Passengers and crew of United flight help mother calm autistic boy having a meltdown before takeoff
Traveling can be challenging for children with autism. The changes in routine, unpredictability, crowds, new noises and sights can all make the experience difficult for people on the spectrum and their families.
One mom from Texas is praising a United Airlines crew and its passengers who helped her four-year-old son with autism who did not want to sit still on their flight home from a family vacation.
Lori Gabriel, was on a flight from San Diego to George Bush Intercontinental Airport in Houston with her son, Braysen, who usually loves to fly, when he “had a meltdown.”
“It was time for takeoff and Braysen had slipped out of his seatbelt and he wanted to sit on the floor. So, we were trying to get him back into his chair and get his seatbelt back on, and that’s when he had his meltdown and started kicking, screaming and hitting,” Gabriel told Fox News.
She said as she was trying to get him back in the chair, a flight attendant came over and told her the flight couldn’t take off until he was seated.
“I said, ‘I am sorry.’ I told her he’s autistic,” Gabriel said, adding that she was worried they were going to get kicked off the flight “since he wouldn’t sit down and I would have understood that because it’s a safety issue.”
Gabriel said the flight attendant was “so nice” and let her hold Braysen on her lap for takeoff. She said after the seatbelt sign had been turned off, “I just couldn’t hold him anymore because he was fighting me the entire time and that’s when he sat on the floor.”
Gabriel said a passenger sitting across from them, a United flight attendant who was not working during the flight, was being nice and said it was not a problem when he was kicking her feet as he was on the ground.
Gabriel said her son then made his way up to first-class and was “messing” with a man’s seat. Gabriel said the man told her not to worry about it and that he didn’t mind, even introducing himself to Braysen and giving him high-fives.
Gabriel, who shared what had happened on her Facebook page, said instead of handling the situation in a negative manner, members of the flight crew chose to accommodate her son’s needs.
She added they allowed Braysen to sit wherever he wanted.
“Huge thank you to United Airlines they accommodated his needs, made sure we were all OK, worked around where he choose to sit,” Gabriel wrote on Facebook after she had landed in Texas, adding that the flight attendants “couldn’t have done a better job.”
United Airlines responded to Gabriel’s shoutout on social media, “It sure sounds like Braysen and your family had a great flight. We are happy that our crew was able to make it an enjoyable experience. We are overjoyed to see that we have such loving and supportive passengers on board as well!”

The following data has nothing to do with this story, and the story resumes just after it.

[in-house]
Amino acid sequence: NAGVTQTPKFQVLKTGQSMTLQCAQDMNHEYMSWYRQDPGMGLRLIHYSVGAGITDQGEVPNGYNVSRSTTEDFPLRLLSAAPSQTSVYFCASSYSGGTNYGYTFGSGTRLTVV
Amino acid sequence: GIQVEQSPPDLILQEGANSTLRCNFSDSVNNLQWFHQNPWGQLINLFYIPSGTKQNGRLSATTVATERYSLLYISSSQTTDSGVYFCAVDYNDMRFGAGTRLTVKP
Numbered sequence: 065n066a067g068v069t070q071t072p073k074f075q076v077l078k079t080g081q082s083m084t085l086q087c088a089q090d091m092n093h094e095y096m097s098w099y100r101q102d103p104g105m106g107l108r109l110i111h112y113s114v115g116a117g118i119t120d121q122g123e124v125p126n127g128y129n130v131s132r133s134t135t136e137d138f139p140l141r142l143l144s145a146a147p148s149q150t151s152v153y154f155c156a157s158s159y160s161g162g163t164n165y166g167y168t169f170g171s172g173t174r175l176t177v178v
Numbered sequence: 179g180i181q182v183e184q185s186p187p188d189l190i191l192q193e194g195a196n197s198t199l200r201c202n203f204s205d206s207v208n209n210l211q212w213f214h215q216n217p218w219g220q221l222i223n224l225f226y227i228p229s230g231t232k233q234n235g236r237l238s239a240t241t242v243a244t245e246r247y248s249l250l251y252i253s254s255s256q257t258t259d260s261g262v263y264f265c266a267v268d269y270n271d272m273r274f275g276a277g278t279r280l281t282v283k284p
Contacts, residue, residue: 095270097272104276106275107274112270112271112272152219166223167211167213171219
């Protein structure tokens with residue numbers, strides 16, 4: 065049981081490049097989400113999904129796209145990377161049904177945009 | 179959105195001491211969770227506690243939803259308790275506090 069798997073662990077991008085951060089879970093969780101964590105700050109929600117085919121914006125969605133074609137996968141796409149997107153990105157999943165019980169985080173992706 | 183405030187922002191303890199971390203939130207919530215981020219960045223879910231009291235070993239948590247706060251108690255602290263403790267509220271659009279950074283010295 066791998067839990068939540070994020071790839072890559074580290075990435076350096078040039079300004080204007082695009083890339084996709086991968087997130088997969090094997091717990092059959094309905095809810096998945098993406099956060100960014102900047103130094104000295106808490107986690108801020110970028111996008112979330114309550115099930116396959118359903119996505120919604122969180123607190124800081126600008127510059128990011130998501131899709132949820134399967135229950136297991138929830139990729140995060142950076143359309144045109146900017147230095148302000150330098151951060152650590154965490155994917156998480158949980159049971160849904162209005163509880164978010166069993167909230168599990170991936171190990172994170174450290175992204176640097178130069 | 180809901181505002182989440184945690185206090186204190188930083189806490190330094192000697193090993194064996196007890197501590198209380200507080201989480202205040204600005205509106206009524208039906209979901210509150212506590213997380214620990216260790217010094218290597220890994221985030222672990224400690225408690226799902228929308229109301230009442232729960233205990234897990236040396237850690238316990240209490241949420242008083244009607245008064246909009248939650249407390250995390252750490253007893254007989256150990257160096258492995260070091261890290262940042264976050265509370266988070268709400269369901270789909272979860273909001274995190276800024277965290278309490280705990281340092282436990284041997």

Gabriel also thanked the man sitting in first class.
“To the man in first-class seat 6C, you rock. Thanks for playing with Braysen and not minding him kicking your seat or messing with you! He loved your high fives!” Gabriel wrote in the Facebook post.
At the end of the flight, one of the flight attendants who was sitting across from them gave her a hug and a handwritten note.
The woman then wrote that she commended Gabriel for her strength and said her family was “loved and supported.”
“Do not ever let anyone make you feel as though you are an inconvenience or a burden. He is a blessing,” the woman wrote. “God bless your patience, your love, your support and your strength. Continue to be a super woman.”
Touched by the letter, Gabriel posted a picture of the note on her Facebook page and wrote, “To the lady that wrote me this note in seat 7D thank you, you may not know how much that means to us when we feel defeated. Thank you for helping and being kind.”
Gabriel told Fox News that the woman “in seat 7D,” now identified as Camille Vaughn, saw the Facebook post and commented on it on Tuesday, writing, “Blessed to see this. Blessed to have met your family and made a difference. Thank you for sharing and I hope to one day see you again #Superwoman.”
“She made me speechless when she found me,” Gabriel told Fox News.
Gabriel said Braysen has been on flights to Kentucky and back before the San Diego flights and said there were no issues. She noted those flights were not as long as the trip back from San Diego, which was three and a half hours long versus two.
“I just never had so many strangers be so kind,” Gabriel told Fox News on Tuesday.
“It shows me that there are still good people in the world. It shows me that me and my family can go on vacations, we can go where all other families go. We can go anywhere, theme parks, we can do anything anyone else can because there are people who are caring and understanding.”